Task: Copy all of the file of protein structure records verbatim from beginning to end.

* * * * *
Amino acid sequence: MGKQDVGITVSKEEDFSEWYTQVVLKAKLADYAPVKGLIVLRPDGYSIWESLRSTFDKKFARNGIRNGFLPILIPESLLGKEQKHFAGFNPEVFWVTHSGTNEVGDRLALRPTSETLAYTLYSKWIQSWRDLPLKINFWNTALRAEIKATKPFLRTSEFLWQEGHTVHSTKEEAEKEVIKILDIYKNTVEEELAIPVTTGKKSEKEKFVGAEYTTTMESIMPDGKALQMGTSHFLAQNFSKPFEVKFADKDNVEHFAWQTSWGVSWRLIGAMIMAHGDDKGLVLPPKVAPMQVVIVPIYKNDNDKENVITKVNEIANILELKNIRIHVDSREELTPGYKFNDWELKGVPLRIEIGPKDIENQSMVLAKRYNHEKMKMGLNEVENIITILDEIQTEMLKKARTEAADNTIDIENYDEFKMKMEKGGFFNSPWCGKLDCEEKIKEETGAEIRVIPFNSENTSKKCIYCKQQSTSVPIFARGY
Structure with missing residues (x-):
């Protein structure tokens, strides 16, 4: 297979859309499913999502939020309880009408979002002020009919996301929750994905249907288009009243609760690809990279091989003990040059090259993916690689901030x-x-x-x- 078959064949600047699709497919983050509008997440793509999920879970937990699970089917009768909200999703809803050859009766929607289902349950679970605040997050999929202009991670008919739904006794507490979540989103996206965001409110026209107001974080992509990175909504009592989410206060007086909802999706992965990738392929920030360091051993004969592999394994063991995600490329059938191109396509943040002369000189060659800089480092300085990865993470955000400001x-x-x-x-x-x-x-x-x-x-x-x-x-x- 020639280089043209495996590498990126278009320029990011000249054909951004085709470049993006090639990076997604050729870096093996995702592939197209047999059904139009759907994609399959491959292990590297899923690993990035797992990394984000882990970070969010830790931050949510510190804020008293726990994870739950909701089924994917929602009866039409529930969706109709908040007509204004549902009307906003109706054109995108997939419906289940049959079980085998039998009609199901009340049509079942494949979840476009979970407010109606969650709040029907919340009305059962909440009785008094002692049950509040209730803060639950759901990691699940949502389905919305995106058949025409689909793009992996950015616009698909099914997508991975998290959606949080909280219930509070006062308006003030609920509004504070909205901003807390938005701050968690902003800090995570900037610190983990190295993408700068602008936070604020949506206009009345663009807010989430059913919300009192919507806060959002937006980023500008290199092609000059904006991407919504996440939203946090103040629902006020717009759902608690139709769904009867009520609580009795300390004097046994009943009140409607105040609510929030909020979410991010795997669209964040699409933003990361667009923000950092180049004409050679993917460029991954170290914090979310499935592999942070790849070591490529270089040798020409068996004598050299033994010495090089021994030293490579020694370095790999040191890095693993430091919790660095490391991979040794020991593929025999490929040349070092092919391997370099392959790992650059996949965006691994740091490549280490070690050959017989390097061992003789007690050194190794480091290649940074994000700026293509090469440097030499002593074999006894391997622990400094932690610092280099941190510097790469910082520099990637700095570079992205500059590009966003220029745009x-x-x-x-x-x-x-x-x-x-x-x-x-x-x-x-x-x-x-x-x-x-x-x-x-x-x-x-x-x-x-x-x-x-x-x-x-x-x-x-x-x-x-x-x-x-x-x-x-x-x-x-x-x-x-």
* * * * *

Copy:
Amino acid sequence: MGKQDVGITVSKEEDFSEWYTQVVLKAKLADYAPVKGLIVLRPDGYSIWESLRSTFDKKFARNGIRNGFLPILIPESLLGKEQKHFAGFNPEVFWVTHSGTNEVGDRLALRPTSETLAYTLYSKWIQSWRDLPLKINFWNTALRAEIKATKPFLRTSEFLWQEGHTVHSTKEEAEKEVIKILDIYKNTVEEELAIPVTTGKKSEKEKFVGAEYTTTMESIMPDGKALQMGTSHFLAQNFSKPFEVKFADKDNVEHFAWQTSWGVSWRLIGAMIMAHGDDKGLVLPPKVAPMQVVIVPIYKNDNDKENVITKVNEIANILELKNIRIHVDSREELTPGYKFNDWELKGVPLRIEIGPKDIENQSMVLAKRYNHEKMKMGLNEVENIITILDEIQTEMLKKARTEAADNTIDIENYDEFKMKMEKGGFFNSPWCGKLDCEEKIKEETGAEIRVIPFNSENTSKKCIYCKQQSTSVPIFARGY
Structure with missing residues (x-):
């Protein structure tokens, strides 16, 4: 297979859309499913999502939020309880009408979002002020009919996301929750994905249907288009009243609760690809990279091989003990040059090259993916690689901030x-x-x-x- 078959064949600047699709497919983050509008997440793509999920879970937990699970089917009768909200999703809803050859009766929607289902349950679970605040997050999929202009991670008919739904006794507490979540989103996206965001409110026209107001974080992509990175909504009592989410206060007086909802999706992965990738392929920030360091051993004969592999394994063991995600490329059938191109396509943040002369000189060659800089480092300085990865993470955000400001x-x-x-x-x-x-x-x-x-x-x-x-x-x- 020639280089043209495996590498990126278009320029990011000249054909951004085709470049993006090639990076997604050729870096093996995702592939197209047999059904139009759907994609399959491959292990590297899923690993990035797992990394984000882990970070969010830790931050949510510190804020008293726990994870739950909701089924994917929602009866039409529930969706109709908040007509204004549902009307906003109706054109995108997939419906289940049959079980085998039998009609199901009340049509079942494949979840476009979970407010109606969650709040029907919340009305059962909440009785008094002692049950509040209730803060639950759901990691699940949502389905919305995106058949025409689909793009992996950015616009698909099914997508991975998290959606949080909280219930509070006062308006003030609920509004504070909205901003807390938005701050968690902003800090995570900037610190983990190295993408700068602008936070604020949506206009009345663009807010989430059913919300009192919507806060959002937006980023500008290199092609000059904006991407919504996440939203946090103040629902006020717009759902608690139709769904009867009520609580009795300390004097046994009943009140409607105040609510929030909020979410991010795997669209964040699409933003990361667009923000950092180049004409050679993917460029991954170290914090979310499935592999942070790849070591490529270089040798020409068996004598050299033994010495090089021994030293490579020694370095790999040191890095693993430091919790660095490391991979040794020991593929025999490929040349070092092919391997370099392959790992650059996949965006691994740091490549280490070690050959017989390097061992003789007690050194190794480091290649940074994000700026293509090469440097030499002593074999006894391997622990400094932690610092280099941190510097790469910082520099990637700095570079992205500059590009966003220029745009x-x-x-x-x-x-x-x-x-x-x-x-x-x-x-x-x-x-x-x-x-x-x-x-x-x-x-x-x-x-x-x-x-x-x-x-x-x-x-x-x-x-x-x-x-x-x-x-x-x-x-x-x-x-x-």